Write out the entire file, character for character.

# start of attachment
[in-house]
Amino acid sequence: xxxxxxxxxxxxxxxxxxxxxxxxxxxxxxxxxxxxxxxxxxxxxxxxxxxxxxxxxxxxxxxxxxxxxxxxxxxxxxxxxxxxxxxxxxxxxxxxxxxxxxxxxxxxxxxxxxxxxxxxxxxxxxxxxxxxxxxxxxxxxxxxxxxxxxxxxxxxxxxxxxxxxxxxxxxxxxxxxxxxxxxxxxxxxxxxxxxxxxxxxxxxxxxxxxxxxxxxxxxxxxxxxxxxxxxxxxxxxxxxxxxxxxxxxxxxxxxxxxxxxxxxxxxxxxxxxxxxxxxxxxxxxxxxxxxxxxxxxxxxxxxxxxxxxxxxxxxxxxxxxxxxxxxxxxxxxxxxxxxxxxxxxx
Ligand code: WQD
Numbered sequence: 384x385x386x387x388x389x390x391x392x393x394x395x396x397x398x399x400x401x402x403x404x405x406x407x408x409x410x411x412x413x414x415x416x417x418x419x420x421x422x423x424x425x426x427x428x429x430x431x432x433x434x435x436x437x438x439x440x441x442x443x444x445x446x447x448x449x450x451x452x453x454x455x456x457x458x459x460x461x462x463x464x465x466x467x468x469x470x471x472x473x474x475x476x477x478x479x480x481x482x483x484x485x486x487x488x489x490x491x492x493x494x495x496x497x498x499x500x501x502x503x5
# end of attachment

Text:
[in-house]
Amino acid sequence: xxxxxxxxxxxxxxxxxxxxxxxxxxxxxxxxxxxxxxxxxxxxxxxxxxxxxxxxxxxxxxxxxxxxxxxxxxxxxxxxxxxxxxxxxxxxxxxxxxxxxxxxxxxxxxxxxxxxxxxxxxxxxxxxxxxxxxxxxxxxxxxxxxxxxxxxxxxxxxxxxxxxxxxxxxxxxxxxxxxxxxxxxxxxxxxxxxxxxxxxxxxxxxxxxxxxxxxxxxxxxxxxxxxxxxxxxxxxxxxxxxxxxxxxxxxxxxxxxxxxxxxxxxxxxxxxxxxxxxxxxxxxxxxxxxxxxxxxxxxxxxxxxxxxxxxxxxxxxxxxxxxxxxxxxxxxxxxxxxxxxxxxxx
Ligand code: WQD
Numbered sequence: 384x385x386x387x388x389x390x391x392x393x394x395x396x397x398x399x400x401x402x403x404x405x406x407x408x409x410x411x412x413x414x415x416x417x418x419x420x421x422x423x424x425x426x427x428x429x430x431x432x433x434x435x436x437x438x439x440x441x442x443x444x445x446x447x448x449x450x451x452x453x454x455x456x457x458x459x460x461x462x463x464x465x466x467x468x469x470x471x472x473x474x475x476x477x478x479x480x481x482x483x484x485x486x487x488x489x490x491x492x493x494x495x496x497x498x499x500x501x502x503x5